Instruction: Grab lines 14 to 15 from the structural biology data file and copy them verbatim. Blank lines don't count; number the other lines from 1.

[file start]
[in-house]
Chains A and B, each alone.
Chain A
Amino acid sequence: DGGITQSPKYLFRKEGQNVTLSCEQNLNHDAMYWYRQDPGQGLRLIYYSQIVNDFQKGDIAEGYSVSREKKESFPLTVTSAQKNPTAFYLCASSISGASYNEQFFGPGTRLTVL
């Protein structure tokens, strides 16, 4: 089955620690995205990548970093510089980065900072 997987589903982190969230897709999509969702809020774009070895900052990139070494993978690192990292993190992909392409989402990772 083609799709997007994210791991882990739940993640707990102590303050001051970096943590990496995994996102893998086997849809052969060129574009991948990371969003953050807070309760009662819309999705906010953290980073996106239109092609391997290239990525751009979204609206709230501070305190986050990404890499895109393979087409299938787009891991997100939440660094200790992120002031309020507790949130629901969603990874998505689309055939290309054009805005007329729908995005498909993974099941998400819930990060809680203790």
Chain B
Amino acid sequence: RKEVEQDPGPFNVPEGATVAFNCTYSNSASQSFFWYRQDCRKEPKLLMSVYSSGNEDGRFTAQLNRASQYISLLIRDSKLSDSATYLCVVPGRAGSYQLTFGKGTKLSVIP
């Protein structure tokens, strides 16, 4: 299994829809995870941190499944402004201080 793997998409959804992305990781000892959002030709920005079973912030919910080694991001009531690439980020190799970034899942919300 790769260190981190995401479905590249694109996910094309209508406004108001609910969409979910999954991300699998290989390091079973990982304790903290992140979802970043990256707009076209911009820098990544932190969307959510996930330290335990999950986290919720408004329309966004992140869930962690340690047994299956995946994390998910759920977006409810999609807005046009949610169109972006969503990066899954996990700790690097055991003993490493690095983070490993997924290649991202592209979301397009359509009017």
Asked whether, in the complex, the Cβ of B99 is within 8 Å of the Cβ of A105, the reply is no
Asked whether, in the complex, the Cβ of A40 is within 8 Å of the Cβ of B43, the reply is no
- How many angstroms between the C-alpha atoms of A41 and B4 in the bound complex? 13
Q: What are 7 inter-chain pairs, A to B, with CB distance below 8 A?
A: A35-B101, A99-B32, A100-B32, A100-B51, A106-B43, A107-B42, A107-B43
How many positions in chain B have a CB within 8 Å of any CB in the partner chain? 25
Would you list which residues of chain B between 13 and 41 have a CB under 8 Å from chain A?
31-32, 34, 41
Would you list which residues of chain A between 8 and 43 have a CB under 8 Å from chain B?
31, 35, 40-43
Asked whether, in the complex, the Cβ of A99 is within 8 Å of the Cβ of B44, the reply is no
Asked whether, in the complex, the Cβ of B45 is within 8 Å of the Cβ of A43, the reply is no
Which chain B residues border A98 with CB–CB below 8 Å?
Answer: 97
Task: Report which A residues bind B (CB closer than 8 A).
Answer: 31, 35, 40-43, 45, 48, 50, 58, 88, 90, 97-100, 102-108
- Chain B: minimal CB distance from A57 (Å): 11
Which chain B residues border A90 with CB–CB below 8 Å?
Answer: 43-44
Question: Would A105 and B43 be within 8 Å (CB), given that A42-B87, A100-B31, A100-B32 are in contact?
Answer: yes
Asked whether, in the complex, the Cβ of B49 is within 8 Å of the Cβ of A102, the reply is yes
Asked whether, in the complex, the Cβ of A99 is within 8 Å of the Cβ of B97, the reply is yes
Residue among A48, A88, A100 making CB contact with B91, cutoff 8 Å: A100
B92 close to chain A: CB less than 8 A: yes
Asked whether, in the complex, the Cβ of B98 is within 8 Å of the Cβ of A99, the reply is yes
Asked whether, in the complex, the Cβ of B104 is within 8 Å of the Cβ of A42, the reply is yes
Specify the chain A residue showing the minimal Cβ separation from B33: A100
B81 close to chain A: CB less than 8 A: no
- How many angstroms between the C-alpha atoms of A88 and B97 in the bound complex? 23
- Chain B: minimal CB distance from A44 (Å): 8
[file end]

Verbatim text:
How many positions in chain B have a CB within 8 Å of any CB in the partner chain? 25
Would you list which residues of chain B between 13 and 41 have a CB under 8 Å from chain A?